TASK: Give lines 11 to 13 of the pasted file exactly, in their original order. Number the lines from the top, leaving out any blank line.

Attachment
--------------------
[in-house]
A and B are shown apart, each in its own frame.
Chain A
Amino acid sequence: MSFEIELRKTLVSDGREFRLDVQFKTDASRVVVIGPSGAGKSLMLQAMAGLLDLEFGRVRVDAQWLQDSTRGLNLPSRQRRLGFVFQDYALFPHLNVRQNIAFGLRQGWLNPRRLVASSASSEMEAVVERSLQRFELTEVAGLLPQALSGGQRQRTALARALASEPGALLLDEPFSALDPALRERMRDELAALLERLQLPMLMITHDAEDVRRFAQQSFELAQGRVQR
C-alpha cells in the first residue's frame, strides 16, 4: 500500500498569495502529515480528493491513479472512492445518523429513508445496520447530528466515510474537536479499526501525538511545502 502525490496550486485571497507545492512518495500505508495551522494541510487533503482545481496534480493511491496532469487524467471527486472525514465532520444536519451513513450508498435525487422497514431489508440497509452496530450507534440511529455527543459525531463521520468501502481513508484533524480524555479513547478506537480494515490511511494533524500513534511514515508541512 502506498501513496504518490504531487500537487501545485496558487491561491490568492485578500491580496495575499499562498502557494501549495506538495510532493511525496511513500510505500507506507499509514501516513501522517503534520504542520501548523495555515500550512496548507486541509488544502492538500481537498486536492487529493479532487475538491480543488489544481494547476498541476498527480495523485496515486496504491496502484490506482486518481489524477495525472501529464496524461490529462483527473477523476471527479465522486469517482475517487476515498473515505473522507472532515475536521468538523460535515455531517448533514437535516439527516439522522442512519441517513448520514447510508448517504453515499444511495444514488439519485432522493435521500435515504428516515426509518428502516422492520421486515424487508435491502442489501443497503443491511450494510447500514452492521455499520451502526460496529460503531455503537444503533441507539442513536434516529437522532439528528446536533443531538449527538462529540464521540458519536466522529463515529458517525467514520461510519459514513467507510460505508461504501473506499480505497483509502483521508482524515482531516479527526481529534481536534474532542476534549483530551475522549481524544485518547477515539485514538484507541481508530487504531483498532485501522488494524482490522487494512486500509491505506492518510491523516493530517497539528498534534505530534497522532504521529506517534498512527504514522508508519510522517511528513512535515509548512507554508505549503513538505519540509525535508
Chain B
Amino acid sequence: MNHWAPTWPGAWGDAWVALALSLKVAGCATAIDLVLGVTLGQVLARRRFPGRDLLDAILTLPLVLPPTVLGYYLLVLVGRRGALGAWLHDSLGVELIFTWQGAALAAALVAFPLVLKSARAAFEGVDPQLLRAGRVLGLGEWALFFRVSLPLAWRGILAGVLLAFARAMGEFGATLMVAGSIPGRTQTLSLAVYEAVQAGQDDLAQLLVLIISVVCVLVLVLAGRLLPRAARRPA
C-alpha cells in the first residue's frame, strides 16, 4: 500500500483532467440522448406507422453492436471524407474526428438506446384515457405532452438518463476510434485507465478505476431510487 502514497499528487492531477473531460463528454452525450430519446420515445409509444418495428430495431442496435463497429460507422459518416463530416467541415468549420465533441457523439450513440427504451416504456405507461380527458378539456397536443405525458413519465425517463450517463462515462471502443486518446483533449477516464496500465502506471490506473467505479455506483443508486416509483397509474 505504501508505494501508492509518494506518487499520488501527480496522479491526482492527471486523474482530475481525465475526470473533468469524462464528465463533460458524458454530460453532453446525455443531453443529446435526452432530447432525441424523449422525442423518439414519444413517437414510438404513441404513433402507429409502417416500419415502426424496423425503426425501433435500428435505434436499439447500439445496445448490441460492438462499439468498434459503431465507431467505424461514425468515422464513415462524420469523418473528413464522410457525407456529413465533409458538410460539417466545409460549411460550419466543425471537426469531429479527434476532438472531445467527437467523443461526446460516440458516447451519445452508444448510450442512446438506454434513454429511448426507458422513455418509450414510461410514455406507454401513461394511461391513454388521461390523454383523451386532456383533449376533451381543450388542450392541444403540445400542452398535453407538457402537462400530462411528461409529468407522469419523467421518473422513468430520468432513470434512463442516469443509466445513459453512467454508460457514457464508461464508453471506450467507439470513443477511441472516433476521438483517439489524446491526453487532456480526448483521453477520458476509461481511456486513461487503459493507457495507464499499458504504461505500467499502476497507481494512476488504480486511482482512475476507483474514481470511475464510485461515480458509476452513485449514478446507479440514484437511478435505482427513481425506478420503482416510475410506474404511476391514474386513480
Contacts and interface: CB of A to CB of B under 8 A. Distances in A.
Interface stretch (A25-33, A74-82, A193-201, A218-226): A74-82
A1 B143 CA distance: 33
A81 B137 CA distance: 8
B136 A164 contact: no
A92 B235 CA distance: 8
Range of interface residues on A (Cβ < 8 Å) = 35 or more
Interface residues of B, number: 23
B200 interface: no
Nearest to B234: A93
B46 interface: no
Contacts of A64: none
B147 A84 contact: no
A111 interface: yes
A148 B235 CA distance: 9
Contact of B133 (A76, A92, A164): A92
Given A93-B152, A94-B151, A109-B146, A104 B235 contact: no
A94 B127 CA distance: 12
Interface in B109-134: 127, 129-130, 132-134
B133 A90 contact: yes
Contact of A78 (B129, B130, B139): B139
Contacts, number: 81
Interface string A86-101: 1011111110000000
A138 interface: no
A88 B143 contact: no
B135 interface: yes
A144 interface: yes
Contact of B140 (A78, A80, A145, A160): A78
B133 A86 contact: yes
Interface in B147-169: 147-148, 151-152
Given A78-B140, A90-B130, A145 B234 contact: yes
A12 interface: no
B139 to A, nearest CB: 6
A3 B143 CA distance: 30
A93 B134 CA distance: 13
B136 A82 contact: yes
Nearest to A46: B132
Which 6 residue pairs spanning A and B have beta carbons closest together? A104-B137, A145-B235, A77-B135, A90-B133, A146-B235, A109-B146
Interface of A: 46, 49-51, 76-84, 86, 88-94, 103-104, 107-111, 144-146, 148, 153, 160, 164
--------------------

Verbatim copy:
A1 B143 CA distance: 33
A81 B137 CA distance: 8
B136 A164 contact: no